Beef nutrition solutions when drought hurts forage

August 1, 2023
Nick Courville, an animal nutrition consultant with CHS, offers advice on stretching and supplementing forage during a drought.

Many cattle producers are dealing with tight forage supplies due to drought. Nick Courville, an animal nutrition consultant with CHS, shares cattle nutrition strategies to help maintain weight gain when feed supply is a concern.

Navigating limited forage

When forage supplies are tight, Courville suggests weaning early to give cows time to regain body condition beforeheading into winter.

“Abnormal weather requires abnormal management,” Courville says. “Each operation is unique, so it’s not a one-size-fits-all solution. When appropriate, early weaning combined with the right supplements can stretch dry matter when pastures are short.”

Make the most of short pastures

Limited pasture regrowth can require changes to herd size and grazing plans, but knowing when to make those major decisions can be difficult.

“Start by setting benchmarks,” Courville advises. “If you haven’t had a certain amount of rain by a specific date, it may be time to consider liquidating some cattle. You can also make the most of existing pastures by using tubs, creep feeders or other supplements to entice cattle to graze areas they wouldn’t normally explore.”

Test hay for nutritional content

Hay harvested during a stretch of dry weather drought may provide health risks. Courville urges ranchers to test hay to identify issues such as high nitrate levels, which can adversely affect next year’s calf crop.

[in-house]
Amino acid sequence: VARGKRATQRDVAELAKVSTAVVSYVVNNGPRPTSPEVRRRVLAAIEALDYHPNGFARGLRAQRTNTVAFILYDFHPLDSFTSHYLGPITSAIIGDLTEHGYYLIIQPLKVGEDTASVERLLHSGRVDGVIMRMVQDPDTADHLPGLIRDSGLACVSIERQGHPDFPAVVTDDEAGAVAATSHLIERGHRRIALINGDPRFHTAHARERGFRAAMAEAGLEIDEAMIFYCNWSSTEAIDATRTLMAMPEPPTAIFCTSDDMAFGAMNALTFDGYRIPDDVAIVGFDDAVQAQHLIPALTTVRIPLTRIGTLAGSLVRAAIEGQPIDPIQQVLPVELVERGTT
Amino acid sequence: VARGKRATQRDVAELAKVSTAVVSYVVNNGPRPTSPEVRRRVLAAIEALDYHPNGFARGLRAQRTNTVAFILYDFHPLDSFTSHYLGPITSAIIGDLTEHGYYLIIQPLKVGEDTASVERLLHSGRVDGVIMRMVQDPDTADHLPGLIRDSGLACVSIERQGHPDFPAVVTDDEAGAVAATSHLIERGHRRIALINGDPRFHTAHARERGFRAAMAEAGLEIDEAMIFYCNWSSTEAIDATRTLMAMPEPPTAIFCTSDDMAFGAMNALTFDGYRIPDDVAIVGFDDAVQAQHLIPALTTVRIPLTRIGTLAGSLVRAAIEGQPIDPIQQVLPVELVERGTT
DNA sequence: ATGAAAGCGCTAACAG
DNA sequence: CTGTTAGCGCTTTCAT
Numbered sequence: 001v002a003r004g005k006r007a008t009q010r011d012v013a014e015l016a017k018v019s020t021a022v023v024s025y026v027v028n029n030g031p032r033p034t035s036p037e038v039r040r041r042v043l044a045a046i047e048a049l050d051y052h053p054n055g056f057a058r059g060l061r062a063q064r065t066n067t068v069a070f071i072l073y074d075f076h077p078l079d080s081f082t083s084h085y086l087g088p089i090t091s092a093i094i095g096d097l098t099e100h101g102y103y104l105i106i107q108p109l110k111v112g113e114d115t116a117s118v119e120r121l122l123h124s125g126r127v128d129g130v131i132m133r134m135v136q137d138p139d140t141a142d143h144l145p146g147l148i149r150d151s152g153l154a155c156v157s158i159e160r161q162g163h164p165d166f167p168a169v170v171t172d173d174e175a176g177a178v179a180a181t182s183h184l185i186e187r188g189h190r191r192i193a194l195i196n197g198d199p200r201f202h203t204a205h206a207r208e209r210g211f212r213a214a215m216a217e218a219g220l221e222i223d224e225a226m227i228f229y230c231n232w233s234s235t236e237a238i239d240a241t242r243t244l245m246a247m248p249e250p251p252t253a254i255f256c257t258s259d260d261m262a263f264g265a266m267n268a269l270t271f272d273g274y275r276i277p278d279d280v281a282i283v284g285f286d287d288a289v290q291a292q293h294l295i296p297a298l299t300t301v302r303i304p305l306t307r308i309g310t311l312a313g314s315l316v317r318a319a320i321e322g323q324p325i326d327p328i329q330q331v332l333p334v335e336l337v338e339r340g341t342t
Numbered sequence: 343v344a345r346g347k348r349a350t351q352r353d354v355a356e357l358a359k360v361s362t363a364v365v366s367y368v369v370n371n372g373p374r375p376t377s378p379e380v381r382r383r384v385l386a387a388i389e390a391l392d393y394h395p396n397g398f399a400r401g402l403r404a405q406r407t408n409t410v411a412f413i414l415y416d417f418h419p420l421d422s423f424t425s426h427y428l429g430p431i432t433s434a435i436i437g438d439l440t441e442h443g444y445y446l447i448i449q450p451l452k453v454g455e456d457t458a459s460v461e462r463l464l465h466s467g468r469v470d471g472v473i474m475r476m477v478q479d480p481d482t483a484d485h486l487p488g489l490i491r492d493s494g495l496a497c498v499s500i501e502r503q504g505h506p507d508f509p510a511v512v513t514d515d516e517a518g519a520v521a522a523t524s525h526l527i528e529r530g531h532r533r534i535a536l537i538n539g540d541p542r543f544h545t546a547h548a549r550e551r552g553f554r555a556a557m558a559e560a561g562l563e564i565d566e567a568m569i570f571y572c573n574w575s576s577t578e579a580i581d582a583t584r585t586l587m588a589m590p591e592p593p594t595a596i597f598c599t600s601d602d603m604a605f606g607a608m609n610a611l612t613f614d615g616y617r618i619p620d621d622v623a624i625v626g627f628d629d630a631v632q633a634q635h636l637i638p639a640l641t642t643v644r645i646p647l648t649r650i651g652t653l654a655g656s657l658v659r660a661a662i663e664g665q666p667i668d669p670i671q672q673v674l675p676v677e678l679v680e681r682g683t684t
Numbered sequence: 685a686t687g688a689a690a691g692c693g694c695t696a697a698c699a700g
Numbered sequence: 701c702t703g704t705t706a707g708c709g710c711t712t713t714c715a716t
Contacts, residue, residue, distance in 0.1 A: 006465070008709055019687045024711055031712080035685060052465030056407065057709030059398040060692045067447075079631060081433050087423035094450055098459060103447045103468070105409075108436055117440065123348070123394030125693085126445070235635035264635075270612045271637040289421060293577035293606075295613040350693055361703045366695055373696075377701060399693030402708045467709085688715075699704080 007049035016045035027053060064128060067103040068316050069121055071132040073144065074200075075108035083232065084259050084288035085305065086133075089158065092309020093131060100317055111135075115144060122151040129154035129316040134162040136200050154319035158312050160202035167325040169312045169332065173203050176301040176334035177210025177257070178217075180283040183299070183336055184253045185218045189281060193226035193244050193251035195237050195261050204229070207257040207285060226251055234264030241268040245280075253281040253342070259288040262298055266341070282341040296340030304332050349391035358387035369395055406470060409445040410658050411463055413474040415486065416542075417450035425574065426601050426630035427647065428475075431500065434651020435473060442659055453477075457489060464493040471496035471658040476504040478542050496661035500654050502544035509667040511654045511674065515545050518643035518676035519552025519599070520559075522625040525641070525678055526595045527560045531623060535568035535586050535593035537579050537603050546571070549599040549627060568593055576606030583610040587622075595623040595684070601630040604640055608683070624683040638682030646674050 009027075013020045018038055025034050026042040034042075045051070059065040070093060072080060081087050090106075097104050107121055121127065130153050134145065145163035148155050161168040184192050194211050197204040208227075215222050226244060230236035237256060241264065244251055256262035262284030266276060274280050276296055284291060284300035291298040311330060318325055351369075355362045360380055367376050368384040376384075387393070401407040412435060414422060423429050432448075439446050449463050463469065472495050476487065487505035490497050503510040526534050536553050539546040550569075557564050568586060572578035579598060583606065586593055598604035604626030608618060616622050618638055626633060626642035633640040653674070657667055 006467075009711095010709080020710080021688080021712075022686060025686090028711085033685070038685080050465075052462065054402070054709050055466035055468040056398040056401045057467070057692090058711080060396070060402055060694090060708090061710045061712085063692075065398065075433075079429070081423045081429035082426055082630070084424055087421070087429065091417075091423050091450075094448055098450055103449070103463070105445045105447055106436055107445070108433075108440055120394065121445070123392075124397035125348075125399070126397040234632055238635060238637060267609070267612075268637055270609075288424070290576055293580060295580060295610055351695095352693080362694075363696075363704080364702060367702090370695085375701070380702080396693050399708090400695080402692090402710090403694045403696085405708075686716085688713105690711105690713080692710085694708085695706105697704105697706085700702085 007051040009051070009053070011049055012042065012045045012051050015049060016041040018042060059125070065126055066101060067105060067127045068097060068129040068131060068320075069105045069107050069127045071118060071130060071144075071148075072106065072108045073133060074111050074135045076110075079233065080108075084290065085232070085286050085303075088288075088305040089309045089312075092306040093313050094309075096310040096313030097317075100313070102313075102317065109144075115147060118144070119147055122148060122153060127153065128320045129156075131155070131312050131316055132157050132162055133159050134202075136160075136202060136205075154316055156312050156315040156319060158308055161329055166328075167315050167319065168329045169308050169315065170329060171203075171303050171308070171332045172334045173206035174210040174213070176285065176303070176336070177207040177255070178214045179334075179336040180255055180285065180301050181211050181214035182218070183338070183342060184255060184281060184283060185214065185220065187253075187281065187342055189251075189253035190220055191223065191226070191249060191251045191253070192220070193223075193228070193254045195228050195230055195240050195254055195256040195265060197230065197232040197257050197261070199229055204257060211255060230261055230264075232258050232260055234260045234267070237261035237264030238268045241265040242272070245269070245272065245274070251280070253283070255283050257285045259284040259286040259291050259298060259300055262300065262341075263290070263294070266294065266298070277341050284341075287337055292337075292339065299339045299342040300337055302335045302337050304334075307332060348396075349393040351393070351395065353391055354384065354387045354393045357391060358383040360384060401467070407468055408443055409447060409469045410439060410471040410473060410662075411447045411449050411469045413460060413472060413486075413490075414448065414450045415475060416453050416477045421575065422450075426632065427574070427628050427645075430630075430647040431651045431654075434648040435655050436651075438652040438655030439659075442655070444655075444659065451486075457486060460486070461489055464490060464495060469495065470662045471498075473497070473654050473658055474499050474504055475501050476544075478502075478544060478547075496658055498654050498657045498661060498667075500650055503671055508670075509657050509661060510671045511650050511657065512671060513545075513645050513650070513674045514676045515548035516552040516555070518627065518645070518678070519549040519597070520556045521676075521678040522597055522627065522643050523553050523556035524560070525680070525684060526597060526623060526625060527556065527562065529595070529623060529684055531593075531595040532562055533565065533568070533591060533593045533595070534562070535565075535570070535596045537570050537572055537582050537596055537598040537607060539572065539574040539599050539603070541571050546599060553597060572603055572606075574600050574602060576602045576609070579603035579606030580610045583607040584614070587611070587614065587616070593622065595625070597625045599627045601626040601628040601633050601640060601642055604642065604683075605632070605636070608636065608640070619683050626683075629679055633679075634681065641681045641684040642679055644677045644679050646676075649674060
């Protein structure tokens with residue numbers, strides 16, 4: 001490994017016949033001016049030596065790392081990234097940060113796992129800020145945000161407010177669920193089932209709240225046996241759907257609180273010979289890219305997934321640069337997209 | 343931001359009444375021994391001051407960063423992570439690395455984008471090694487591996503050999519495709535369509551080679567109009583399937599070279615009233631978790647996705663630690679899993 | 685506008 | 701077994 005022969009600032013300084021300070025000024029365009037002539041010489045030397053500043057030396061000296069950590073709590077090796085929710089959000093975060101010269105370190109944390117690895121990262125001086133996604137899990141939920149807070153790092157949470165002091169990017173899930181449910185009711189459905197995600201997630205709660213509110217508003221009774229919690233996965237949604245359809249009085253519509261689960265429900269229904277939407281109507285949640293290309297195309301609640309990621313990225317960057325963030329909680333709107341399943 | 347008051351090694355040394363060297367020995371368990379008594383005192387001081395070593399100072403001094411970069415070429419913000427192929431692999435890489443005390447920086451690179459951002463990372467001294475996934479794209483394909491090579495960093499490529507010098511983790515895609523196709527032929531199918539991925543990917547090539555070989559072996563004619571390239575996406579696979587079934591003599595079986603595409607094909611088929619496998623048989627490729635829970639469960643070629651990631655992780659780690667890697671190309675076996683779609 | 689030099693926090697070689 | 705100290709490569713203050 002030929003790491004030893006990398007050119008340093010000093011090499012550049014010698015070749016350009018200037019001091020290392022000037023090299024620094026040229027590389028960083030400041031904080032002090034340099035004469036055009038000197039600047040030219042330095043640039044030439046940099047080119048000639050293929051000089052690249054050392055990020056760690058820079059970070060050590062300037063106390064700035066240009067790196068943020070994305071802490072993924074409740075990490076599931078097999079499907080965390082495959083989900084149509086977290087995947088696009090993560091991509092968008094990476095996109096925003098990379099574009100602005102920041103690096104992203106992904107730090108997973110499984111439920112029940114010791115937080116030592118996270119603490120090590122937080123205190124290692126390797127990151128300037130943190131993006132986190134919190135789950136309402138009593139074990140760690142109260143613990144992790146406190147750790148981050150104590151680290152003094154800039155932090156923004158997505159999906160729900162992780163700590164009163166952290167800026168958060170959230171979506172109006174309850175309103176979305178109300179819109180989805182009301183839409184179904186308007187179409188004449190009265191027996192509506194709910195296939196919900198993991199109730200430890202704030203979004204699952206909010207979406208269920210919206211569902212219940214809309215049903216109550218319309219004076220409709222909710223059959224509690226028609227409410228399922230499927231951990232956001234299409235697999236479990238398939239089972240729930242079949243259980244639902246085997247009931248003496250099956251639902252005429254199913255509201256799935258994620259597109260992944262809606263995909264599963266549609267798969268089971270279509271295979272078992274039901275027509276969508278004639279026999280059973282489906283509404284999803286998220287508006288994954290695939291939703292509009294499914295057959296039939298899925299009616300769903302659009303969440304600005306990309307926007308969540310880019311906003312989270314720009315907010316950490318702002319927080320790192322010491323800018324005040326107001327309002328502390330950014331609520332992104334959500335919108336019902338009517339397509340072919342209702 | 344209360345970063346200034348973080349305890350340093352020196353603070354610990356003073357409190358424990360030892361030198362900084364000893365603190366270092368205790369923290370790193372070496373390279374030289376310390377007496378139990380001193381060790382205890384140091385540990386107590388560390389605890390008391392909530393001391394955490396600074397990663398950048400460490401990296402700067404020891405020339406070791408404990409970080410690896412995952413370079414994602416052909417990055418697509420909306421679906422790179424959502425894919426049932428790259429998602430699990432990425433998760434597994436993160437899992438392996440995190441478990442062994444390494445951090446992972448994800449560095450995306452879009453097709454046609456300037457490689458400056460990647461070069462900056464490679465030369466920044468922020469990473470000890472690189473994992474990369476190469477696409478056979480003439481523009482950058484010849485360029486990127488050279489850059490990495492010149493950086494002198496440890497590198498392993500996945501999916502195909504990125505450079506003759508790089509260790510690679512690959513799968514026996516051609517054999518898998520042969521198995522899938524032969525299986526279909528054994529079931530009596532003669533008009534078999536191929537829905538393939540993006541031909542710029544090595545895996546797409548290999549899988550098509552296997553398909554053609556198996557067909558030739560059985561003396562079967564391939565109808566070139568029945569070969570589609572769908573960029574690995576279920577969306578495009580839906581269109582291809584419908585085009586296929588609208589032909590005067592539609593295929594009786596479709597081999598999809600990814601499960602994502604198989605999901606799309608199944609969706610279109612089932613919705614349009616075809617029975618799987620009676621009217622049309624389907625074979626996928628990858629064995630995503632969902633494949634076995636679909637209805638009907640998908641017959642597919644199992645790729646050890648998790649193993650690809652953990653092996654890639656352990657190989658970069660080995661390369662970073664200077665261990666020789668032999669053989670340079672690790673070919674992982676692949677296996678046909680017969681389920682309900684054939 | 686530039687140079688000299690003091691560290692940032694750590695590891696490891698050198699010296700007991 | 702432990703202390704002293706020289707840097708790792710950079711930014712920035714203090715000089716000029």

“Forage from stressed grasses tends to contain reduced vitamin and mineral content,” he explains. “Now is the time to test forage and fill any nutritional voids with supplements to help ensure optimal cow health through the winter.”

 He suggests paying particular attention to the amount of protein available to cattle.  

“When it’s hot and dry, pasture grass can become rank due to the extra cellulose it contains. Those grasses stand up a lot better and are harder for cattle to break down,” Courville explains. “Supplemental protein products like range cakes activate gut microbes, making it easier for cattle to break down the fibrous grasses that tend to dominate during drought.

“For producers with limited labor resources, molasses-based lick tubs can accomplish the same digestive effect without the need to put out a range cake every day or two,” he continues. “Anything producers can do to supplement their animals’ gut microbes will improve digestion and help make the most of limited pasture growth.”